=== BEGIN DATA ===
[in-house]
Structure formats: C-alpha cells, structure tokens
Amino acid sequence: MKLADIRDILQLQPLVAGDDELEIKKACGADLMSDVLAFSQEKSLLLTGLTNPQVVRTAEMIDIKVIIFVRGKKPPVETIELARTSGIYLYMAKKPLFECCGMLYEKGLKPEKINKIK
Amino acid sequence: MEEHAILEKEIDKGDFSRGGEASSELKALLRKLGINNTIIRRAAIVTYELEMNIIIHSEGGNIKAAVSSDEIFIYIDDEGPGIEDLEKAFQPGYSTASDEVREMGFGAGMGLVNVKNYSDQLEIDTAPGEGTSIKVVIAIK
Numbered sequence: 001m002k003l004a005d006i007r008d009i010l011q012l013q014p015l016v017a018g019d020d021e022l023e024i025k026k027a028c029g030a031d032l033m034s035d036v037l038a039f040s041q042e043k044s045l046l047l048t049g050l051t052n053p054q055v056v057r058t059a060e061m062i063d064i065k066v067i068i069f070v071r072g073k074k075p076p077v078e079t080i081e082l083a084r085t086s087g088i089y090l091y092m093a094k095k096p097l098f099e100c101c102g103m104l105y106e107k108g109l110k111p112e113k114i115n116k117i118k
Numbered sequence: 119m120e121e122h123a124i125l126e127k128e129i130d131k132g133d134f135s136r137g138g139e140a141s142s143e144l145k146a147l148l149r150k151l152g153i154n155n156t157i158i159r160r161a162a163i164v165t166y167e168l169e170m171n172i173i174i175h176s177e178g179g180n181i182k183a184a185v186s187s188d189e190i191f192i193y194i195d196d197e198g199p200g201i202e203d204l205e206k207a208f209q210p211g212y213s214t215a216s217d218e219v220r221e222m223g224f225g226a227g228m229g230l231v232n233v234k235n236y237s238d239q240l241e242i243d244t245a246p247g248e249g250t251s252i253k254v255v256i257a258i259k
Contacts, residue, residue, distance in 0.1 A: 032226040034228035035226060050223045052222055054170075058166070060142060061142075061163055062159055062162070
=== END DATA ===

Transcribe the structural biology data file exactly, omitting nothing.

[in-house]
Structure formats: C-alpha cells, structure tokens
Amino acid sequence: MKLADIRDILQLQPLVAGDDELEIKKACGADLMSDVLAFSQEKSLLLTGLTNPQVVRTAEMIDIKVIIFVRGKKPPVETIELARTSGIYLYMAKKPLFECCGMLYEKGLKPEKINKIK
Amino acid sequence: MEEHAILEKEIDKGDFSRGGEASSELKALLRKLGINNTIIRRAAIVTYELEMNIIIHSEGGNIKAAVSSDEIFIYIDDEGPGIEDLEKAFQPGYSTASDEVREMGFGAGMGLVNVKNYSDQLEIDTAPGEGTSIKVVIAIK
Numbered sequence: 001m002k003l004a005d006i007r008d009i010l011q012l013q014p015l016v017a018g019d020d021e022l023e024i025k026k027a028c029g030a031d032l033m034s035d036v037l038a039f040s041q042e043k044s045l046l047l048t049g050l051t052n053p054q055v056v057r058t059a060e061m062i063d064i065k066v067i068i069f070v071r072g073k074k075p076p077v078e079t080i081e082l083a084r085t086s087g088i089y090l091y092m093a094k095k096p097l098f099e100c101c102g103m104l105y106e107k108g109l110k111p112e113k114i115n116k117i118k
Numbered sequence: 119m120e121e122h123a124i125l126e127k128e129i130d131k132g133d134f135s136r137g138g139e140a141s142s143e144l145k146a147l148l149r150k151l152g153i154n155n156t157i158i159r160r161a162a163i164v165t166y167e168l169e170m171n172i173i174i175h176s177e178g179g180n181i182k183a184a185v186s187s188d189e190i191f192i193y194i195d196d197e198g199p200g201i202e203d204l205e206k207a208f209q210p211g212y213s214t215a216s217d218e219v220r221e222m223g224f225g226a227g228m229g230l231v232n233v234k235n236y237s238d239q240l241e242i243d244t245a246p247g248e249g250t251s252i253k254v255v256i257a258i259k
Contacts, residue, residue, distance in 0.1 A: 032226040034228035035226060050223045052222055054170075058166070060142060061142075061163055062159055062162070